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I fail to see the problem.

 

Peer review is supposed to catch stuff like this. However like everything else in life, its not perfect. Mistakes happen. Then they get caught. Wait, isn't that peer review?

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I fail to see the problem.

 

Peer review is supposed to catch stuff like this. However like everything else in life, its not perfect. Mistakes happen. Then they get caught. Wait, isn't that peer review?

Mostly.

 

You're missing the issue.

 

The issue is when something is published, and, in some cases, for years, despite peer review, no verification has been done, and miscommunication are made. People place faith in the process, where it is not warranted.

 

Scepticism is a vital, healthy, necessary part of science. Nothing is verified till you personally verify it, experimentally or practically.

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Citations themselves are also pretty sketchy. Quite a lot point back to the authors own previous work or of their colleges and many just form part of a literature review rather than used as a basis of the authors own work. The point was that the important stuff comes together in the long term through all those links, as evidenced very clearly by the highly advanced position we are at today. I don't like the system (yet I work in it!) so I can understand the problems you point out when people pick papers for argument. Overall, I wholeheartedly support what it produces.

We haven't even addressed the major concerns I have with patenting and production of things without independant review >.> :D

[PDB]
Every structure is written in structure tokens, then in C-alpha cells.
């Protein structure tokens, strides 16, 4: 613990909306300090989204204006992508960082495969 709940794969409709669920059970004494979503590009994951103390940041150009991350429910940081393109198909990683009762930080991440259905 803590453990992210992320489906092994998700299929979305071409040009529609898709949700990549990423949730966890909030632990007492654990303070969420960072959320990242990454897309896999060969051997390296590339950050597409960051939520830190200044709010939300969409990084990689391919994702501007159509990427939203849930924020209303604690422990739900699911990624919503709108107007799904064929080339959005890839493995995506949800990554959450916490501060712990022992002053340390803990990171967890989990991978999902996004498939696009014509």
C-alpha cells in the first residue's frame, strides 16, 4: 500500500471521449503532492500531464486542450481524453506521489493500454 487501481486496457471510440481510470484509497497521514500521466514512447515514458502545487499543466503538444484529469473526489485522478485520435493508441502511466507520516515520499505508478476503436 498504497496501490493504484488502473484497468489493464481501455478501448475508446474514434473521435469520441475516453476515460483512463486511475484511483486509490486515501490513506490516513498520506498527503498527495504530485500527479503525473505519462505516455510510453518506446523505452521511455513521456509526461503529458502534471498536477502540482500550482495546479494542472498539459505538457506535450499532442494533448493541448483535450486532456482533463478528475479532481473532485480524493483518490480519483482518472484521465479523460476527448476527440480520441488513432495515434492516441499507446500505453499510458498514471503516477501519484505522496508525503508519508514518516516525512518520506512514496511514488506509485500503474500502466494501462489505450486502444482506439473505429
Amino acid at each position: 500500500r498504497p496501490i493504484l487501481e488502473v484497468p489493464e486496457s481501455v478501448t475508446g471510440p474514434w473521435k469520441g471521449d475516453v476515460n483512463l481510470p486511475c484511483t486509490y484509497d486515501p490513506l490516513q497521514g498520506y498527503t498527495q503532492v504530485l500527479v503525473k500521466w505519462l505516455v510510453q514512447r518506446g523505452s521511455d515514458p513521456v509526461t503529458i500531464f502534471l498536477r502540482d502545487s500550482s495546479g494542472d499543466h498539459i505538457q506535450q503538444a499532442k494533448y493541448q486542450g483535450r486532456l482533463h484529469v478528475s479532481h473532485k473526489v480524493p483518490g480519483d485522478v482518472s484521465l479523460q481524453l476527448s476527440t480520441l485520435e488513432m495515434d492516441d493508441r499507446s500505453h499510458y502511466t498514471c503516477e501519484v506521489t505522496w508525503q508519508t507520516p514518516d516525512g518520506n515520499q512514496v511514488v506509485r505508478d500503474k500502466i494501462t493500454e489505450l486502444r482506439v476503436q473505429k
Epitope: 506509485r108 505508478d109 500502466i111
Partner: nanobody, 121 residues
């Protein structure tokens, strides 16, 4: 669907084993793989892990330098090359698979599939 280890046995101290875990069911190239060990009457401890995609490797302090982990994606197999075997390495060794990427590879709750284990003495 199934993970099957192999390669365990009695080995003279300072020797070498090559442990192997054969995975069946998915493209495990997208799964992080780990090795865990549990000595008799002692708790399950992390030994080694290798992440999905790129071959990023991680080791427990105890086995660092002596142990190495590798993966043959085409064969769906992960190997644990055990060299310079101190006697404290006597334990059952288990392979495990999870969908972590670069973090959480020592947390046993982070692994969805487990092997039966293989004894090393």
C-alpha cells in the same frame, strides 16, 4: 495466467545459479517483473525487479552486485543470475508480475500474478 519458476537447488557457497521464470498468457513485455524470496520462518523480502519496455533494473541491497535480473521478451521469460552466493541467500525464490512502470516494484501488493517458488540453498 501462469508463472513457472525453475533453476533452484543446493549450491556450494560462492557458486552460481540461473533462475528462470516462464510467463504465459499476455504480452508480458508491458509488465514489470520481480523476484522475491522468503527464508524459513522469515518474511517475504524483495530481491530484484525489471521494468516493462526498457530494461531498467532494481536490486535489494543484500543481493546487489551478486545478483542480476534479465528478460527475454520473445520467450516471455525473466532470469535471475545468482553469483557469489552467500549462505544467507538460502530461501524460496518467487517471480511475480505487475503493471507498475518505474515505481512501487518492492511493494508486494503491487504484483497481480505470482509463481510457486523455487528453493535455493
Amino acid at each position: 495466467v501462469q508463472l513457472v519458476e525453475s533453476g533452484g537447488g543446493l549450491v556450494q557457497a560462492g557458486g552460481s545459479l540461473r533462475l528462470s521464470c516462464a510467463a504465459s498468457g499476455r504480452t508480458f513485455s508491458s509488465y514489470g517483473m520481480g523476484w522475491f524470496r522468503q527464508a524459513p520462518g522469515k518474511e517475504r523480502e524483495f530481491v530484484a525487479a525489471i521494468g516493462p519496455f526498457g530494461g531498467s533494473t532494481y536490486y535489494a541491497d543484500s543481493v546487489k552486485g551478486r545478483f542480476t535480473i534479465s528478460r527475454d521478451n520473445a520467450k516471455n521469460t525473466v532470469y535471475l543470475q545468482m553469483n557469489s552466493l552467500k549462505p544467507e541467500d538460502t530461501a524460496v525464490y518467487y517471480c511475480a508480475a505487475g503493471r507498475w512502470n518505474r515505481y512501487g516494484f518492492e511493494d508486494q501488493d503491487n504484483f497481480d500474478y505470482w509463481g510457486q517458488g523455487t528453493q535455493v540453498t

As I said in another thread, there is no better method in our arsenal, to determine Truth, the capital T kind, than scientific methodology.

I just cry a little every time I see it murdered through faith-based acceptance of its findings.

 

Agreeing or disagreeing with me?

 

To be clear, wholehearted support of what the process produces, not what the individual results produce.

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Citations themselves are also pretty sketchy. Quite a lot point back to the authors own previous work or of their colleges and many just form part of a literature review rather than used as a basis of the authors own work. The point was that the important stuff comes together in the long term through all those links, as evidenced very clearly by the highly advanced position we are at today. I don't like the system (yet I work in it!) so I can understand the problems you point out when people pick papers for argument. Overall, I wholeheartedly support what it produces.